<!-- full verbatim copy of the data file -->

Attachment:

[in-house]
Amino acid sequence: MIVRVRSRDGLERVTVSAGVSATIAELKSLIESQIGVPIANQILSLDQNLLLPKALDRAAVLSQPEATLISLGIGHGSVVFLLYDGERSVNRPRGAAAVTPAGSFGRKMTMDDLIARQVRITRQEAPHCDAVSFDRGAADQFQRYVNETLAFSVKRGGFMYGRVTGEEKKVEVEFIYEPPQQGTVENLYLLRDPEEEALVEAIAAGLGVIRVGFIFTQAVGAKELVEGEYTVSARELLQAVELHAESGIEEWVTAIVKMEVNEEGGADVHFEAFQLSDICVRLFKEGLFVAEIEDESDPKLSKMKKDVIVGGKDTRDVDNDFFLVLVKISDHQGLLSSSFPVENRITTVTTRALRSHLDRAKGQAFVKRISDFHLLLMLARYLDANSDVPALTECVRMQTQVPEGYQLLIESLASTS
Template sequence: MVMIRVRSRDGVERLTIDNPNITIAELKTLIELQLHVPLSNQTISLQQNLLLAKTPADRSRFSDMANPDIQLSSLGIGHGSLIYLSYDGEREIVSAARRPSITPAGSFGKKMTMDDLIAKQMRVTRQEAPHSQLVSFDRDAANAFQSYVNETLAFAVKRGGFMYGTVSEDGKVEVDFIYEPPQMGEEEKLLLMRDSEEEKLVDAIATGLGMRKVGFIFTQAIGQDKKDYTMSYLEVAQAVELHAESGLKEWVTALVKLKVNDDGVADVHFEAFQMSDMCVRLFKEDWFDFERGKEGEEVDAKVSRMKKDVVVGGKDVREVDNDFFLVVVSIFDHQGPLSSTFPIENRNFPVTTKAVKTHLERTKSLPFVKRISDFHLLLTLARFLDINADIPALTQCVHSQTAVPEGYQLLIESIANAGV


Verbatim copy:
[in-house]
Amino acid sequence: MIVRVRSRDGLERVTVSAGVSATIAELKSLIESQIGVPIANQILSLDQNLLLPKALDRAAVLSQPEATLISLGIGHGSVVFLLYDGERSVNRPRGAAAVTPAGSFGRKMTMDDLIARQVRITRQEAPHCDAVSFDRGAADQFQRYVNETLAFSVKRGGFMYGRVTGEEKKVEVEFIYEPPQQGTVENLYLLRDPEEEALVEAIAAGLGVIRVGFIFTQAVGAKELVEGEYTVSARELLQAVELHAESGIEEWVTAIVKMEVNEEGGADVHFEAFQLSDICVRLFKEGLFVAEIEDESDPKLSKMKKDVIVGGKDTRDVDNDFFLVLVKISDHQGLLSSSFPVENRITTVTTRALRSHLDRAKGQAFVKRISDFHLLLMLARYLDANSDVPALTECVRMQTQVPEGYQLLIESLASTS
Template sequence: MVMIRVRSRDGVERLTIDNPNITIAELKTLIELQLHVPLSNQTISLQQNLLLAKTPADRSRFSDMANPDIQLSSLGIGHGSLIYLSYDGEREIVSAARRPSITPAGSFGKKMTMDDLIAKQMRVTRQEAPHSQLVSFDRDAANAFQSYVNETLAFAVKRGGFMYGTVSEDGKVEVDFIYEPPQMGEEEKLLLMRDSEEEKLVDAIATGLGMRKVGFIFTQAIGQDKKDYTMSYLEVAQAVELHAESGLKEWVTALVKLKVNDDGVADVHFEAFQMSDMCVRLFKEDWFDFERGKEGEEVDAKVSRMKKDVVVGGKDVREVDNDFFLVVVSIFDHQGPLSSTFPIENRNFPVTTKAVKTHLERTKSLPFVKRISDFHLLLTLARFLDINADIPALTQCVHSQTAVPEGYQLLIESIANAGV